For years, Democrats have complained that Bush should have been more skeptical of intelligence that supported his ideology. Now they're doing the same thing, as they embrace the new NIE report as gospel.


In an interview at Stanford Law School Friday, U.S. Ambassador to the United Nations Zalmay Khalilzad was less accepting of the new NIE. As a diplomat, Khalilzad did not engage in partisan attacks. But he did comment on the NIE's history of underestimating — Iraqi efforts before the first Gulf War — and overestimating — Iraq's WMD before this war.


Khalilzad added, "This estimate is about a part of the nuclear problem of Iran. The biggest part of the nuclear problem is having the fissile material to make the bomb." No one should relax when oil-rich Iran continues uranium enrichment.


At a National Public Radio debate last week, Democratic candidates argued that Iran's actions highlight the need for more diplomacy. Diplomacy boosters cite the NIE statement that the Iran nuclear program "was halted primarily in response to international pressure."


Hmmm. Which would present greater "international pressure" — a war in Iraq or a U.N. resolution? According to the Washington Post, "senior intelligence officials said it is possible that Libya's decision to halt its nuclear program and the war in Iraq were also factors, but said there was no direct evidence of either." Right. There's no direct evidence, other than the fact that Libya also happened to do the same thing right after the start of the war. No wonder conservatives are suspicious.


An Afghan who first came here as a high-school exchange student near Modesto, Calif., Khalilzad is living proof that many in the world love America. He "fell in love" with Americans, how "welcoming" they are and the way they interact with others. He can't imagine another large country that would have granted him such opportunity.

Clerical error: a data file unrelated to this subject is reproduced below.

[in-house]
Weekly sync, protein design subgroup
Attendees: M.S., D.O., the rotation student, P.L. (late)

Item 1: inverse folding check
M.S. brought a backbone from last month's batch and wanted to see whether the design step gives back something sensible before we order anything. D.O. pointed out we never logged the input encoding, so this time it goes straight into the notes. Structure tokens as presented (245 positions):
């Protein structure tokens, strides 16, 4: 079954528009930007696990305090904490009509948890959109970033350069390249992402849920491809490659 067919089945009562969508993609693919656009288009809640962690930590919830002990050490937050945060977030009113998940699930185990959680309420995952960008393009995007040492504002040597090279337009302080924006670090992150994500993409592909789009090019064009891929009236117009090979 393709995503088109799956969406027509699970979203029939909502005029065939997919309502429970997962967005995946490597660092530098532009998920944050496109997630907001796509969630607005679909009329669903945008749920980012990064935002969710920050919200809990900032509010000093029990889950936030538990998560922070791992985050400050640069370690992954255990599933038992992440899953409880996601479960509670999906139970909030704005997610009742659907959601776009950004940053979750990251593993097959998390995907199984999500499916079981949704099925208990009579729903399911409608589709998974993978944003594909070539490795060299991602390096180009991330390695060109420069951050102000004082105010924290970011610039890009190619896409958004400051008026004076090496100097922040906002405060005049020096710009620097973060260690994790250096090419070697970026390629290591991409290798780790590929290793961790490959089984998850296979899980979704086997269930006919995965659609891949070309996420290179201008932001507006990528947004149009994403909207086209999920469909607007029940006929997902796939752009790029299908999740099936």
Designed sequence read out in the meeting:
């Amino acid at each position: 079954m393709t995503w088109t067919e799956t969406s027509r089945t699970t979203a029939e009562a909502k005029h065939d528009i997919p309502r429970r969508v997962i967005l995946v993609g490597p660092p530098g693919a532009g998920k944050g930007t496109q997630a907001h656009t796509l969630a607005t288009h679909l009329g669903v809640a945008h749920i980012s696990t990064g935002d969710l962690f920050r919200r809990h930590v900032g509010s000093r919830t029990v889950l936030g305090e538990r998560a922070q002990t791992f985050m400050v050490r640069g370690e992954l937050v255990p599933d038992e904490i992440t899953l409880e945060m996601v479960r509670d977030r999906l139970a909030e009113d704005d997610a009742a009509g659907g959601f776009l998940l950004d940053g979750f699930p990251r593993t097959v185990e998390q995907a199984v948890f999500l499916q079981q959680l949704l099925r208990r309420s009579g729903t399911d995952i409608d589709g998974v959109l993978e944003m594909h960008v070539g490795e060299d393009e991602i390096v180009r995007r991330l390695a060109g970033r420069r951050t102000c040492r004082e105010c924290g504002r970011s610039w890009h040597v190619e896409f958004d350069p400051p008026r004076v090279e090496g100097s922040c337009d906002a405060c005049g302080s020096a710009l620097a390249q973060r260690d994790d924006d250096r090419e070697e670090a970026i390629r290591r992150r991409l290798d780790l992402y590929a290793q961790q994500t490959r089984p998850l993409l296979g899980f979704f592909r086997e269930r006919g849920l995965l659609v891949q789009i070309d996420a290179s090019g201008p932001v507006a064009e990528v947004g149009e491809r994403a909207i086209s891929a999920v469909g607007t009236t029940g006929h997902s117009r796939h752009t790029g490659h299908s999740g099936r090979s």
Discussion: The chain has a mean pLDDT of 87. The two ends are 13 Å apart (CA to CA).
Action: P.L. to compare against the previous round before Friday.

Rather than hate us, Khalilzad, also former ambassador to Afghanistan, noted that the Afghans "couldn't have enough of us. The only fear that they have is that we will abandon them."


As former ambassador to Iraq, Khalilzad saw Shiites and Kurds thankful for U.S. troops in Iraq, while recent efforts to reach out to Sunnis have improved how all Iraqis look at U.S. troops.


What would happen to America's image abroad if U.S. troops withdrew from Iraq? Khalilzad answered: "That would be a disaster in my mind." And: "Weakness is very provocative."


Many fear violence between Sunni and Shiites, Turks and Kurds, and extremist Iraqis and moderate Iraqis who cooperated with U.S. troops.


Sen. Chris Dodd was in San Francisco Sunday. When I asked him what would happen to America's image abroad if we withdrew from Iraq in, say, 18 months, Dodd observed that nothing is certain, but: "I think we enhance the image."


The troops surge has not brought about political reconciliation. The world, Dodd surmised, would respect a nation that recognizes it is "traveling down the wrong road."


That is the fundamental difference between the pro-war and anti-war camps on Iran and Iraq. One side argues that Americans must show themselves big enough to admit a mistake. The other side believes that losing doesn't win many friends or mollify many enemies.

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© 2007, Creators Syndicate